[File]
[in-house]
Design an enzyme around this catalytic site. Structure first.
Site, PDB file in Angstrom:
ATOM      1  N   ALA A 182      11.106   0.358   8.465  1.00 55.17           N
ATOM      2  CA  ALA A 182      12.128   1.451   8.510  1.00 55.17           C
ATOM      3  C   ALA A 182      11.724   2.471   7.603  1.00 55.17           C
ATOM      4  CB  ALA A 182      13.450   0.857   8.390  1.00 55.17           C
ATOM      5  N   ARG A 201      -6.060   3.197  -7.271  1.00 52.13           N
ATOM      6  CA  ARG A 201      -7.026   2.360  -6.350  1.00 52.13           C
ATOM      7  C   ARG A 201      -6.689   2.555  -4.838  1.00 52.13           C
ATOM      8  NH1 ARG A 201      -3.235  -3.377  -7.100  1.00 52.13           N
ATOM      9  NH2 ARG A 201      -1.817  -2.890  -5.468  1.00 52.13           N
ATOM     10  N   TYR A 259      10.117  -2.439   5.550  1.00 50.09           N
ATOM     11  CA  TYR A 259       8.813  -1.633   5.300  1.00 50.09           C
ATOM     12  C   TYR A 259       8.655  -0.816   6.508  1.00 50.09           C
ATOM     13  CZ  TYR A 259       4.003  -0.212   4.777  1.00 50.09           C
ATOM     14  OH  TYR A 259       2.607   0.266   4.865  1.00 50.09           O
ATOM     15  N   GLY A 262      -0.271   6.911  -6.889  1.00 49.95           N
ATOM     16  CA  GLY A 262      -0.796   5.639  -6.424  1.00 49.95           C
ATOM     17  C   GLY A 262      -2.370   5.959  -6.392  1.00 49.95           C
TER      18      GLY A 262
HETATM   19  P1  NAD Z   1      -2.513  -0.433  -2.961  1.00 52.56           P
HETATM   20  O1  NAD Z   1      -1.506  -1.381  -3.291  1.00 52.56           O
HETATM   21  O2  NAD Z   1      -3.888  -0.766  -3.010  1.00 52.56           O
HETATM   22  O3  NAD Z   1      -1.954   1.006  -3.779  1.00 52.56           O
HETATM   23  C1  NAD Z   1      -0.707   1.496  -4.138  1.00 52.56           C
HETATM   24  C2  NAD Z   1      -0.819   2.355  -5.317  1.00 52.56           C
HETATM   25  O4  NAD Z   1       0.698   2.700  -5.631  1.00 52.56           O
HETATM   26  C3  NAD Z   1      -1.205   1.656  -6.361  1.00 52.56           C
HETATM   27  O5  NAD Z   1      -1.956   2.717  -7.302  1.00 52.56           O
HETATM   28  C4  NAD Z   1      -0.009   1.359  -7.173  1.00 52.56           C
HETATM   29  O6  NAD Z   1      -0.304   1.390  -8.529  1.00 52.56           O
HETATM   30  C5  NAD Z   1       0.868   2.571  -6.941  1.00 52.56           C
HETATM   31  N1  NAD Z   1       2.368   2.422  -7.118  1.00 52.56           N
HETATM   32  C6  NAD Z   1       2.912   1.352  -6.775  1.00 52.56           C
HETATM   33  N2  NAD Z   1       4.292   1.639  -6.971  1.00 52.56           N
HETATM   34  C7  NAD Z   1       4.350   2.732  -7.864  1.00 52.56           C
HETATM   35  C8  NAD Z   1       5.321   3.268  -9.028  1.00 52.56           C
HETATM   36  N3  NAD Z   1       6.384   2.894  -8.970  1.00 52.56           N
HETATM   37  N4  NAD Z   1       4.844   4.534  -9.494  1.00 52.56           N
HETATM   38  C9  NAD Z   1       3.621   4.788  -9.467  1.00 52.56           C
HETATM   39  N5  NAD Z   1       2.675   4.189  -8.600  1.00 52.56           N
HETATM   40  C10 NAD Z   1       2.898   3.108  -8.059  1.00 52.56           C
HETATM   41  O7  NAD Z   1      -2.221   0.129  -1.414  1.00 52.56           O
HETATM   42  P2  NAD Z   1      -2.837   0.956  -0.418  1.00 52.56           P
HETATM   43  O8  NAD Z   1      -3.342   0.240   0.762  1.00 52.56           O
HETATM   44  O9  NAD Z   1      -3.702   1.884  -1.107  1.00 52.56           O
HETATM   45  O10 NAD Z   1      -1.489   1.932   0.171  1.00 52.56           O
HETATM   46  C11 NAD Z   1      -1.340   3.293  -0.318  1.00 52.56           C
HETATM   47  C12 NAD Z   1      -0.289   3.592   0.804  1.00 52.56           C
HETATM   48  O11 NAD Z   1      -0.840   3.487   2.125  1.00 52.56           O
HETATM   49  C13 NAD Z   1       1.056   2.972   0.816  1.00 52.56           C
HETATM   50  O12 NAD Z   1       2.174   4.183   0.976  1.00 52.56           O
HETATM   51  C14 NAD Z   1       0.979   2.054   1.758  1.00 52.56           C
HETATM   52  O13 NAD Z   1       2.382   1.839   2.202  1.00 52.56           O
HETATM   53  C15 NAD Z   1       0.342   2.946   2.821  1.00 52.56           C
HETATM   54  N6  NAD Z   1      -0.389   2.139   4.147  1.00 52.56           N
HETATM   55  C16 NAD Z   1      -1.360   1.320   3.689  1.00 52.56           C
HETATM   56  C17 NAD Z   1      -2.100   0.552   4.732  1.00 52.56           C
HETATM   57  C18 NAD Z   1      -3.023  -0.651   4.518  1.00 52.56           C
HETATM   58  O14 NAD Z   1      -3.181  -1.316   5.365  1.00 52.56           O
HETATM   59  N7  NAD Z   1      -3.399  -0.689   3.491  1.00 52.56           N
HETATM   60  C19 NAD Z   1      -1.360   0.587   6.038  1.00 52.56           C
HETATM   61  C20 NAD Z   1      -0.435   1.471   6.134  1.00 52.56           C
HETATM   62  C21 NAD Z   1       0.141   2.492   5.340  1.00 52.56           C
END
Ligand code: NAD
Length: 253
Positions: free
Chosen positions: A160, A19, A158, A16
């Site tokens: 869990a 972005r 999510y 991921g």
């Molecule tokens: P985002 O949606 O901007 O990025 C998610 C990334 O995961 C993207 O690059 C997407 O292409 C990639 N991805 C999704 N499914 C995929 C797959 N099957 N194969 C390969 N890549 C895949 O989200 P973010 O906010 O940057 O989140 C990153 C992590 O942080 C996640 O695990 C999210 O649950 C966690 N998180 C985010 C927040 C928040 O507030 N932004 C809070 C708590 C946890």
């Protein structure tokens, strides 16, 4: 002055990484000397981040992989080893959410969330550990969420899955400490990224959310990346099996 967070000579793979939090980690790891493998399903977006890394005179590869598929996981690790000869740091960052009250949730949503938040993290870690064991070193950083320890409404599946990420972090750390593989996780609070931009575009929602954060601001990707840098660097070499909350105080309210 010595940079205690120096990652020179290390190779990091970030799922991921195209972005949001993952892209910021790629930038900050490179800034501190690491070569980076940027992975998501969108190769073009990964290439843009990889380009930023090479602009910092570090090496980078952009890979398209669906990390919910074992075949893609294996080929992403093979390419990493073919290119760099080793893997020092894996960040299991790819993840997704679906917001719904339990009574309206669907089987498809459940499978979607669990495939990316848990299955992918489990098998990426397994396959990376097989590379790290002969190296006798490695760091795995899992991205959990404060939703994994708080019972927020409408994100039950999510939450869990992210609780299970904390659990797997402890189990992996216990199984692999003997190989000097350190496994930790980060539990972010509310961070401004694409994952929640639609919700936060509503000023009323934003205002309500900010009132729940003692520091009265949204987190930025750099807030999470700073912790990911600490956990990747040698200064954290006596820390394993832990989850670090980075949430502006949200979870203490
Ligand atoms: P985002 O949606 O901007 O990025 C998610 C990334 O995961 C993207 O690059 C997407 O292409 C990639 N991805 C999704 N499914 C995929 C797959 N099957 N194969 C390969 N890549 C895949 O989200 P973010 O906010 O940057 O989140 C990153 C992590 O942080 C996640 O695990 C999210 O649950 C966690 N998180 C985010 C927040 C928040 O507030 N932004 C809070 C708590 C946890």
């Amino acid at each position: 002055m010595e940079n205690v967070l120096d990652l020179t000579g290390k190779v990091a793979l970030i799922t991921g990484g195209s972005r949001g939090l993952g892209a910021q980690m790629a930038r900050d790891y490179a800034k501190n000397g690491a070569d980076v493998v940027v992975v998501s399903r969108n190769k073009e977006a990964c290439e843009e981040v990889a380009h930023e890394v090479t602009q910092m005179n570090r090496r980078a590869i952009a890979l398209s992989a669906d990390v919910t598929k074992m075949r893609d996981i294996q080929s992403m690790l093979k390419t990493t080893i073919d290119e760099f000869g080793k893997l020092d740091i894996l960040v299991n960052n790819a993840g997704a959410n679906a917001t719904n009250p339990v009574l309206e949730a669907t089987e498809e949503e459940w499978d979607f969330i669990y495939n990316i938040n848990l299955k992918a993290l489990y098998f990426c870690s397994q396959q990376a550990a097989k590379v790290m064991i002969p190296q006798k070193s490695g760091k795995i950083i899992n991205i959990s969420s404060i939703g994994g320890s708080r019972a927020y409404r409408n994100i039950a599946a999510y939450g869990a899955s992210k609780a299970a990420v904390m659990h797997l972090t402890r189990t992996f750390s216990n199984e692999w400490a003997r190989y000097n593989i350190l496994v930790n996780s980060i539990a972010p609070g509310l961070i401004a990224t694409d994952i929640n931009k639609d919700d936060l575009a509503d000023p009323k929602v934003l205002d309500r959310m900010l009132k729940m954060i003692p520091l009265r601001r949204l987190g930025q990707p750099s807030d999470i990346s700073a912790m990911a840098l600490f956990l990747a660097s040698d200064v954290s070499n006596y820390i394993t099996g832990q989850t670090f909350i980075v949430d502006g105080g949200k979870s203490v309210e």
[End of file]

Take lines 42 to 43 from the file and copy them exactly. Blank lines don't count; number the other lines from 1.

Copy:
HETATM   39  N5  NAD Z   1       2.675   4.189  -8.600  1.00 52.56           N
HETATM   40  C10 NAD Z   1       2.898   3.108  -8.059  1.00 52.56           C